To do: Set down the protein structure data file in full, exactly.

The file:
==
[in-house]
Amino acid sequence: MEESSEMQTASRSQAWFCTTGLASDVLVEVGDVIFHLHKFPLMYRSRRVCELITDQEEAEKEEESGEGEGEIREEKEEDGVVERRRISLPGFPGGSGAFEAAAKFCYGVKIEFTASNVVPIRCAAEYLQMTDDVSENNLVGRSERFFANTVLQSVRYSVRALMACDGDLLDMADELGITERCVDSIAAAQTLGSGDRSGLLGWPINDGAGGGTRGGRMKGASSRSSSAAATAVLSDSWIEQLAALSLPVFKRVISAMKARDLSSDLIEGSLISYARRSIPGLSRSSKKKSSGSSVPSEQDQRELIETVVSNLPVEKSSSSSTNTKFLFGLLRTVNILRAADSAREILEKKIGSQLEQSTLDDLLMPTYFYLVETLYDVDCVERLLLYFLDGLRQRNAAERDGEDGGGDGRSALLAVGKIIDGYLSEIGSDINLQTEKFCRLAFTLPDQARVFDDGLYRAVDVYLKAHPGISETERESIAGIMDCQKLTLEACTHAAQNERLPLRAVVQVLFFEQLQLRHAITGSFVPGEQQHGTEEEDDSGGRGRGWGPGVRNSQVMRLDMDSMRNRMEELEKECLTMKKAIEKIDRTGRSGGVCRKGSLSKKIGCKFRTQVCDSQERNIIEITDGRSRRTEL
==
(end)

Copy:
[in-house]
Amino acid sequence: MEESSEMQTASRSQAWFCTTGLASDVLVEVGDVIFHLHKFPLMYRSRRVCELITDQEEAEKEEESGEGEGEIREEKEEDGVVERRRISLPGFPGGSGAFEAAAKFCYGVKIEFTASNVVPIRCAAEYLQMTDDVSENNLVGRSERFFANTVLQSVRYSVRALMACDGDLLDMADELGITERCVDSIAAAQTLGSGDRSGLLGWPINDGAGGGTRGGRMKGASSRSSSAAATAVLSDSWIEQLAALSLPVFKRVISAMKARDLSSDLIEGSLISYARRSIPGLSRSSKKKSSGSSVPSEQDQRELIETVVSNLPVEKSSSSSTNTKFLFGLLRTVNILRAADSAREILEKKIGSQLEQSTLDDLLMPTYFYLVETLYDVDCVERLLLYFLDGLRQRNAAERDGEDGGGDGRSALLAVGKIIDGYLSEIGSDINLQTEKFCRLAFTLPDQARVFDDGLYRAVDVYLKAHPGISETERESIAGIMDCQKLTLEACTHAAQNERLPLRAVVQVLFFEQLQLRHAITGSFVPGEQQHGTEEEDDSGGRGRGWGPGVRNSQVMRLDMDSMRNRMEELEKECLTMKKAIEKIDRTGRSGGVCRKGSLSKKIGCKFRTQVCDSQERNIIEITDGRSRRTEL